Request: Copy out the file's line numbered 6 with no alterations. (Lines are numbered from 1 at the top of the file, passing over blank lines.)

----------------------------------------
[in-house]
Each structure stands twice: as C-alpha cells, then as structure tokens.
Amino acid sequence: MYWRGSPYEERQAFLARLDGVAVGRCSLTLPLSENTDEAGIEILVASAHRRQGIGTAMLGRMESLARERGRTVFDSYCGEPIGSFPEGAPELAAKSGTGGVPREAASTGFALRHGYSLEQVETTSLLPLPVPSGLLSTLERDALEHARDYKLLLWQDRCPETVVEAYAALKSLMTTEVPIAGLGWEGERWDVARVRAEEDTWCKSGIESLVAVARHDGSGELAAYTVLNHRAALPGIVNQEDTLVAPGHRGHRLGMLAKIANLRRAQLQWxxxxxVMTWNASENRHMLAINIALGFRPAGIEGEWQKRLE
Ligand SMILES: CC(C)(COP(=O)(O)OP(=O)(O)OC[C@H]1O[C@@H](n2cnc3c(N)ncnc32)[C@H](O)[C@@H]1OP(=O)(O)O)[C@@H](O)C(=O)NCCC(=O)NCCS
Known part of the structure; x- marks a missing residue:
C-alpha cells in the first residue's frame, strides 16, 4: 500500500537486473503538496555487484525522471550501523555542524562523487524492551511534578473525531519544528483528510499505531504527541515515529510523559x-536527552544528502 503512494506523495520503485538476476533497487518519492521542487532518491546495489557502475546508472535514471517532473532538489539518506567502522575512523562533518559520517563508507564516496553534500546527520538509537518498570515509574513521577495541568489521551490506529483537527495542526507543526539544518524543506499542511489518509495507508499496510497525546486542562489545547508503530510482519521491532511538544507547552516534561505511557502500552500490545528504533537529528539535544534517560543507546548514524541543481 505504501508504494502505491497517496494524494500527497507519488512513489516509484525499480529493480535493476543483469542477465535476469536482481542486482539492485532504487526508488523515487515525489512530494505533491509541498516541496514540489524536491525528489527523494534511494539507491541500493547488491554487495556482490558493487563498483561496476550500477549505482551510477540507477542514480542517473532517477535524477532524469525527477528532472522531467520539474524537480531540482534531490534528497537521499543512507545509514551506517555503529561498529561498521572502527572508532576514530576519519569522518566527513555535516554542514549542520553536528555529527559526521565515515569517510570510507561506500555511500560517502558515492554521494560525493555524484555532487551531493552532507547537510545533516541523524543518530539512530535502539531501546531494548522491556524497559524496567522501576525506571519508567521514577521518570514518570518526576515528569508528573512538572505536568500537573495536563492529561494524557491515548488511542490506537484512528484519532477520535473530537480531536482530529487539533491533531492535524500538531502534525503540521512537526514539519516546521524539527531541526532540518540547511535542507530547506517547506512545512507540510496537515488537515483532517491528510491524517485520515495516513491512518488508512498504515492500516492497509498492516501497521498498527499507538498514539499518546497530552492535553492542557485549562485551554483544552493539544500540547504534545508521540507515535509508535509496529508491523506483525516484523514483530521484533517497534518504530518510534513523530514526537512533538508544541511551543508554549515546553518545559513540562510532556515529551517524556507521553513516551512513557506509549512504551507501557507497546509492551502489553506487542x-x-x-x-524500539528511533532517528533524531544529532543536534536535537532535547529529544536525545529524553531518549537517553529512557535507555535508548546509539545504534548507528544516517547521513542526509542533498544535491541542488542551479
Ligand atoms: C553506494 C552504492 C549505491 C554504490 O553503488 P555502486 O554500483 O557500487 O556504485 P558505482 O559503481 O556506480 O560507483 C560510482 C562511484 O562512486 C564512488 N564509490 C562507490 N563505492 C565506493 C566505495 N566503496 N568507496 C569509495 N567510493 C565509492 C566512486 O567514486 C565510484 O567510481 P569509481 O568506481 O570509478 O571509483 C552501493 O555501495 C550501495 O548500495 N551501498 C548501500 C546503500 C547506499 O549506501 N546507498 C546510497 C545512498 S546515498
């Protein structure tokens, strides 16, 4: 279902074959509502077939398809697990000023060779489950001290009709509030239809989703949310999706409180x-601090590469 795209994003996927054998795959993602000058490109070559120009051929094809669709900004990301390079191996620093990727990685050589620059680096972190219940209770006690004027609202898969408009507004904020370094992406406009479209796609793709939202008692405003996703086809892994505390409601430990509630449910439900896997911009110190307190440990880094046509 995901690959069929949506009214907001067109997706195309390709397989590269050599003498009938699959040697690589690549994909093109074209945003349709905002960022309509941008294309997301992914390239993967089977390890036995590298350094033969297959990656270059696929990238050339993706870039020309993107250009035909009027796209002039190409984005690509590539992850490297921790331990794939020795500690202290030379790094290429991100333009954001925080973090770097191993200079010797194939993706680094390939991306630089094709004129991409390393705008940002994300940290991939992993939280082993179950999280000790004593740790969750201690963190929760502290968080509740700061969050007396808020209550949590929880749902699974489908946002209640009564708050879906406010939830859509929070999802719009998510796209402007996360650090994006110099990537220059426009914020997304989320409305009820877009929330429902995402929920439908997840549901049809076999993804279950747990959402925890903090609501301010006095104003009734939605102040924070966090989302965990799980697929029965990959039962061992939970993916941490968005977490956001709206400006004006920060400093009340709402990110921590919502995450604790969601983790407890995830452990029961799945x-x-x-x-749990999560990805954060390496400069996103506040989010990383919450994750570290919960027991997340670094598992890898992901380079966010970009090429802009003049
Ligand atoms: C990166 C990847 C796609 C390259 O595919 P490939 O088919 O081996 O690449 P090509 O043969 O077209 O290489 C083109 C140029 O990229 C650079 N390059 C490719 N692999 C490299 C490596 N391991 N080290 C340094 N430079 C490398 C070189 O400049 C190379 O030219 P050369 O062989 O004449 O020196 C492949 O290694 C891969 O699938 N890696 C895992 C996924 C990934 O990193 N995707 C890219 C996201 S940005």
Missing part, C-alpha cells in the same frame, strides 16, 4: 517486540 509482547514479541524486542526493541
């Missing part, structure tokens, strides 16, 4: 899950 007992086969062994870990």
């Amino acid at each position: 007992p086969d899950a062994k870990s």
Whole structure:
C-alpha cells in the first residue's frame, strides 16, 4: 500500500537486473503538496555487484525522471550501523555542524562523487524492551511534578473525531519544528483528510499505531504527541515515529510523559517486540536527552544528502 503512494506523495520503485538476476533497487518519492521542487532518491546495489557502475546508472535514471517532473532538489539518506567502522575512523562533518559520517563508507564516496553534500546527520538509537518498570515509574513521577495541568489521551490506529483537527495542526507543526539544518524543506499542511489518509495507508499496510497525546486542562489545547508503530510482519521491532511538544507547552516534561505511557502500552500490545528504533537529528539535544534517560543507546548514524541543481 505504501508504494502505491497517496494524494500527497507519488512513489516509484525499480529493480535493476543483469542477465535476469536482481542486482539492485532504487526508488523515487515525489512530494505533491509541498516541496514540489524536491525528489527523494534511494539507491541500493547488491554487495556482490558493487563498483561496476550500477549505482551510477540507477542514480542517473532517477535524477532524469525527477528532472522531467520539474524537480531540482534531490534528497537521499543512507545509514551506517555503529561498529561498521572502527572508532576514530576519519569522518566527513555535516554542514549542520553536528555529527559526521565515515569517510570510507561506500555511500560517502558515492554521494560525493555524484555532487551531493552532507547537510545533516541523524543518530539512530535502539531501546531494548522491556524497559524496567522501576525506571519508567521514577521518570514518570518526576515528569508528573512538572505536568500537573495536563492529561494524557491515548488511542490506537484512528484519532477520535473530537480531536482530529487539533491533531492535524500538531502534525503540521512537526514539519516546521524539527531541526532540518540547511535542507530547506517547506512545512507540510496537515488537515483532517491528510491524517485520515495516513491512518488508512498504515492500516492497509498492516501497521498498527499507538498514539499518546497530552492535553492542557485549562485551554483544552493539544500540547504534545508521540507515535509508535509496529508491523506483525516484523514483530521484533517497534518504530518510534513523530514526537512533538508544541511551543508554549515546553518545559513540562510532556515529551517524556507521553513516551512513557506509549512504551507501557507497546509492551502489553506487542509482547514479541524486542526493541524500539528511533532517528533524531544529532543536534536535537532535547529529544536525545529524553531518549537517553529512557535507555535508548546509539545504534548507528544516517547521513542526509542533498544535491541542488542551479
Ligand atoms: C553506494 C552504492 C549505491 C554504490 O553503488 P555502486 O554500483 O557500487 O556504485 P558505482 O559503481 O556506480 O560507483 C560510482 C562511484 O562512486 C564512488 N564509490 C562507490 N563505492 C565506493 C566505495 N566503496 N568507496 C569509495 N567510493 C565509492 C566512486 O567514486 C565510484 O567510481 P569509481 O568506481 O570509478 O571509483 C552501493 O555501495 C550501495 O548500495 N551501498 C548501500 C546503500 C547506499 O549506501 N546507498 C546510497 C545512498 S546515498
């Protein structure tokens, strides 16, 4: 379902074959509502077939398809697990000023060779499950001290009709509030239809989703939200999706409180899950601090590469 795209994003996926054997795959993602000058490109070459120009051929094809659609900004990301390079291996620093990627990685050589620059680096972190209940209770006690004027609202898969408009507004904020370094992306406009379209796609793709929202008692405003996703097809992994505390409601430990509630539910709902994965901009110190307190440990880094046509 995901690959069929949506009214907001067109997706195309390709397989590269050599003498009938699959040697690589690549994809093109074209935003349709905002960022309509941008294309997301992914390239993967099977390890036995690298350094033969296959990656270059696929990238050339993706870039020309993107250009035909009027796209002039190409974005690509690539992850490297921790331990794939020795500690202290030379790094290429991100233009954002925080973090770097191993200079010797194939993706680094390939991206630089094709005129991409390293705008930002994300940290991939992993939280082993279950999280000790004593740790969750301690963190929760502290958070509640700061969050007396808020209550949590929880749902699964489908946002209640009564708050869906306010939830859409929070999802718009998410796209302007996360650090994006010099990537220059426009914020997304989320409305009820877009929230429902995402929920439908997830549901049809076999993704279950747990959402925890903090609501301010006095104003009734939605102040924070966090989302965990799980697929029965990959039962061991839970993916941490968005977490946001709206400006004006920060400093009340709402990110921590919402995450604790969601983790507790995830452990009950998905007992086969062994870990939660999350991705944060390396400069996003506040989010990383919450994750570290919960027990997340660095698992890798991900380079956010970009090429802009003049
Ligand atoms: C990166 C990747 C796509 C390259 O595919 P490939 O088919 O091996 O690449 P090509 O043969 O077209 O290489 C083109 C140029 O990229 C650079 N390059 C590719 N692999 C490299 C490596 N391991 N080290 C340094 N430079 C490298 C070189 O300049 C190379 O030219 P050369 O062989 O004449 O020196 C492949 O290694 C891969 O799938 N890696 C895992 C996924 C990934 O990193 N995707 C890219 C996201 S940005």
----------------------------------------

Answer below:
C-alpha cells in the first residue's frame, strides 16, 4: 500500500537486473503538496555487484525522471550501523555542524562523487524492551511534578473525531519544528483528510499505531504527541515515529510523559x-536527552544528502 503512494506523495520503485538476476533497487518519492521542487532518491546495489557502475546508472535514471517532473532538489539518506567502522575512523562533518559520517563508507564516496553534500546527520538509537518498570515509574513521577495541568489521551490506529483537527495542526507543526539544518524543506499542511489518509495507508499496510497525546486542562489545547508503530510482519521491532511538544507547552516534561505511557502500552500490545528504533537529528539535544534517560543507546548514524541543481 505504501508504494502505491497517496494524494500527497507519488512513489516509484525499480529493480535493476543483469542477465535476469536482481542486482539492485532504487526508488523515487515525489512530494505533491509541498516541496514540489524536491525528489527523494534511494539507491541500493547488491554487495556482490558493487563498483561496476550500477549505482551510477540507477542514480542517473532517477535524477532524469525527477528532472522531467520539474524537480531540482534531490534528497537521499543512507545509514551506517555503529561498529561498521572502527572508532576514530576519519569522518566527513555535516554542514549542520553536528555529527559526521565515515569517510570510507561506500555511500560517502558515492554521494560525493555524484555532487551531493552532507547537510545533516541523524543518530539512530535502539531501546531494548522491556524497559524496567522501576525506571519508567521514577521518570514518570518526576515528569508528573512538572505536568500537573495536563492529561494524557491515548488511542490506537484512528484519532477520535473530537480531536482530529487539533491533531492535524500538531502534525503540521512537526514539519516546521524539527531541526532540518540547511535542507530547506517547506512545512507540510496537515488537515483532517491528510491524517485520515495516513491512518488508512498504515492500516492497509498492516501497521498498527499507538498514539499518546497530552492535553492542557485549562485551554483544552493539544500540547504534545508521540507515535509508535509496529508491523506483525516484523514483530521484533517497534518504530518510534513523530514526537512533538508544541511551543508554549515546553518545559513540562510532556515529551517524556507521553513516551512513557506509549512504551507501557507497546509492551502489553506487542x-x-x-x-524500539528511533532517528533524531544529532543536534536535537532535547529529544536525545529524553531518549537517553529512557535507555535508548546509539545504534548507528544516517547521513542526509542533498544535491541542488542551479